Two lucky participants also got to try a sweet ozoni made with white miso paste, which is unique to the Kansai region, including Kasuya's home of Kagawa Prefecture. As Kasuya prepared the delicacy, many participants saw anko mochi — rice cake filled with sweet bean paste — for the first time.

Kasuya demonstrating ways to cut ingredients
Kasuya demonstrating ways to cut ingredients

Student life coach Miki (left) interpreting Kasuya's talk
Student life coach Miki (left) interpreting Kasuya's talk

Participants learning about mochi rice cake
Participants learning about mochi rice cake

Rock-paper-scissors to determine two lucky tasters
Rock-paper-scissors to determine two lucky tasters

Part Two: Tasting event at second cafeteria

For Part Two of TECH Cooking Studio, the participants moved to the Second Cafeteria on Ookayama Campus where they were invited to taste ozoni common in the Kanto region. This event was held in cooperation with the University Co-op. The traditional soup, which contained freshly cooked rice cake topped with Japanese mustard spinach, carrot, and fish paste prepared in advance, was so popular among the international students that there was a constant line of people waiting for a second helping. One of the students tasting the white miso ozoni from Kansai said that it was similar to a sweet chicken soup served in Indonesia. While enjoying their food, the participants creating a memorable time together by sharing culinary traditions from their home countries and regions.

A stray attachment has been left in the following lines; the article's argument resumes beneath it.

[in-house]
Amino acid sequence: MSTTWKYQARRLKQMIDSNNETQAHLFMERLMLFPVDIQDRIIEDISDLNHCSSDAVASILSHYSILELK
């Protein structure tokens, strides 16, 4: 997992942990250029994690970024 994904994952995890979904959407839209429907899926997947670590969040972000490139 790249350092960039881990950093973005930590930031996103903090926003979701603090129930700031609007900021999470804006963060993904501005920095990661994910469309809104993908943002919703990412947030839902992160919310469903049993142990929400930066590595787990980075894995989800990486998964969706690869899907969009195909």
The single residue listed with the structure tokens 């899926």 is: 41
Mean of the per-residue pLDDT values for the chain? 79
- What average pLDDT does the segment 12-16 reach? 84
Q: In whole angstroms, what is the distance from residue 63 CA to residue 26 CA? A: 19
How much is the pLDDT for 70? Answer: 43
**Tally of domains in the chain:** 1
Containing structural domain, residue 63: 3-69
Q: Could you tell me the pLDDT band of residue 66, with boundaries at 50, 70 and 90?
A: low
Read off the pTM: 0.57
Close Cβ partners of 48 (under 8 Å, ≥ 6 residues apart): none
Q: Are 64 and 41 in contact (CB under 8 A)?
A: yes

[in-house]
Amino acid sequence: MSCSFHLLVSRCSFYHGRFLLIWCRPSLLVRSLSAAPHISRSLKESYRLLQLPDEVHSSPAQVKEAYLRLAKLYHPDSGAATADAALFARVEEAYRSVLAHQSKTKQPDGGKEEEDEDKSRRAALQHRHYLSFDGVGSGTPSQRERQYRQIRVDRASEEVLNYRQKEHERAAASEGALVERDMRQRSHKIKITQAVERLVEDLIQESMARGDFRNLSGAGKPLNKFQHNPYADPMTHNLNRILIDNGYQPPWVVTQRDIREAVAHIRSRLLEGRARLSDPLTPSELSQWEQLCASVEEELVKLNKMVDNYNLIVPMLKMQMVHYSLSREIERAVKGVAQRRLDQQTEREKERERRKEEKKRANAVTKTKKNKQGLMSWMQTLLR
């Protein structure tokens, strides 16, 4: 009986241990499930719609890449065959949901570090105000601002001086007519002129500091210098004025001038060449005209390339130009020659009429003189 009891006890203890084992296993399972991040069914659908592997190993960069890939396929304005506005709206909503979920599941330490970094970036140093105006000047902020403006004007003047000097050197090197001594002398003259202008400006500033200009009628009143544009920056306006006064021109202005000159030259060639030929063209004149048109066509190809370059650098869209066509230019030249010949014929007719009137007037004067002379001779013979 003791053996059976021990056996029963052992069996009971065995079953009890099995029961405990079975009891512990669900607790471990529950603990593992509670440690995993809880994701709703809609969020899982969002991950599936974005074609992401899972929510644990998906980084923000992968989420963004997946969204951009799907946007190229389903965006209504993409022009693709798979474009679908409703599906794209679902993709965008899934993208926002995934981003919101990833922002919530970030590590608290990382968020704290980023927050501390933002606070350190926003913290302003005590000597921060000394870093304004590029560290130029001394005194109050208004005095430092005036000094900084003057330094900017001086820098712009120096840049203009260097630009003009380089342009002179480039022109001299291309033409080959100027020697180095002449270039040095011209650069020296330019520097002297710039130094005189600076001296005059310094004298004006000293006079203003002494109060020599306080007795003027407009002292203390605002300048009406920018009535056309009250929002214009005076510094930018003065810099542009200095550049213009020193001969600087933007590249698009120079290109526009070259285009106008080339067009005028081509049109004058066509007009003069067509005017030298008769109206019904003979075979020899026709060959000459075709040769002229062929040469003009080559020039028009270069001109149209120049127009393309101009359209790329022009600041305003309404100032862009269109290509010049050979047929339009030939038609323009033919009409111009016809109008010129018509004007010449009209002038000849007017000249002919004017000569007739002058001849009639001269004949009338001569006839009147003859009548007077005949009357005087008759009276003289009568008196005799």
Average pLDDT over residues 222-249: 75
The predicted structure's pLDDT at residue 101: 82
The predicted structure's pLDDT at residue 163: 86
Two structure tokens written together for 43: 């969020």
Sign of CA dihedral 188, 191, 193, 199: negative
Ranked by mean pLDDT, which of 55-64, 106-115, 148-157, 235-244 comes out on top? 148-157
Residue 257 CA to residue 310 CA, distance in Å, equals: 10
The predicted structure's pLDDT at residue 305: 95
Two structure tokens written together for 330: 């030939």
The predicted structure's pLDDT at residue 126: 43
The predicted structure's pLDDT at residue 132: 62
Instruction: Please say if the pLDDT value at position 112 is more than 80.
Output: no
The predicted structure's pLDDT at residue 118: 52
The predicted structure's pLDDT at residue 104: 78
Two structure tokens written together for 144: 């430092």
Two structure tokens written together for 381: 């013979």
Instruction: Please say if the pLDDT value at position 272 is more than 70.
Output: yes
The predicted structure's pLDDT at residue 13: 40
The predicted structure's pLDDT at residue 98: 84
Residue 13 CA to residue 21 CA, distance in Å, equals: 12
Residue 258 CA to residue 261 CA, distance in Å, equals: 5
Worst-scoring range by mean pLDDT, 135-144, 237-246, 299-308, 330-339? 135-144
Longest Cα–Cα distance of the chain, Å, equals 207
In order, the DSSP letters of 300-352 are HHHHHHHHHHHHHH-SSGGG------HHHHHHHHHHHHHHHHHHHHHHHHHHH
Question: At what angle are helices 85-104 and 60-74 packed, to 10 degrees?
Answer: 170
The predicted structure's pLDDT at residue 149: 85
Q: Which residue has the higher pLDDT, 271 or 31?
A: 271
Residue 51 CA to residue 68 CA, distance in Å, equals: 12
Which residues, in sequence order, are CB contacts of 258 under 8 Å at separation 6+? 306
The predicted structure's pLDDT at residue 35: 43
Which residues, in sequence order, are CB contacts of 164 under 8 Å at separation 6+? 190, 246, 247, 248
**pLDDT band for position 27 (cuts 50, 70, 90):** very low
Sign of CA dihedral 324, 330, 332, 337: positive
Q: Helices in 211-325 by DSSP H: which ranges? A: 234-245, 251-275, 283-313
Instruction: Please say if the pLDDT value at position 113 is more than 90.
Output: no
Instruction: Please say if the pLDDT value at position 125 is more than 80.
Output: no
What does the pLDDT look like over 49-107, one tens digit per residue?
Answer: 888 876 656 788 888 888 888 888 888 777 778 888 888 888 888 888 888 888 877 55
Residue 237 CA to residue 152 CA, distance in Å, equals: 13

Participants tasting ozoni from Kanto region

Participants tasting ozoni from Kanto region

As ozoni is traditionally a homemade New Year's dish, international students rarely have the opportunity to try it. Japanese students seldom eat it outside their family homes. This event offered a great chance for all students to not only try this Japanese New Year dish, but also learn about the culinary characteristics and tastes of various regions in the country.

Comments from participants

  • Good food, nice to learn about the traditions.

  • The explanations about the different types of ozoni were easy to understand, and of course the dish we tried was delicious!

  • I never had a New Year's dish before, there's nothing like this in my country.

  • It was very interesting. We learned many things that even Japanese people probably did not know.

Comments from Student Success Support Project student organizers

Risako Yanagase
1st-year master’s student, Transdisciplinary Science and Engineering

This was the third TECH Cooking Studio we organized, but the first time we focused on a meal rather than sweets. Although ozoni is a familiar dish to those who were born and raised in Japan, international students do not have many opportunities to experience it. We thought it would also be interesting for Japanese participants since this dish varies significantly depending on the region in which it is served.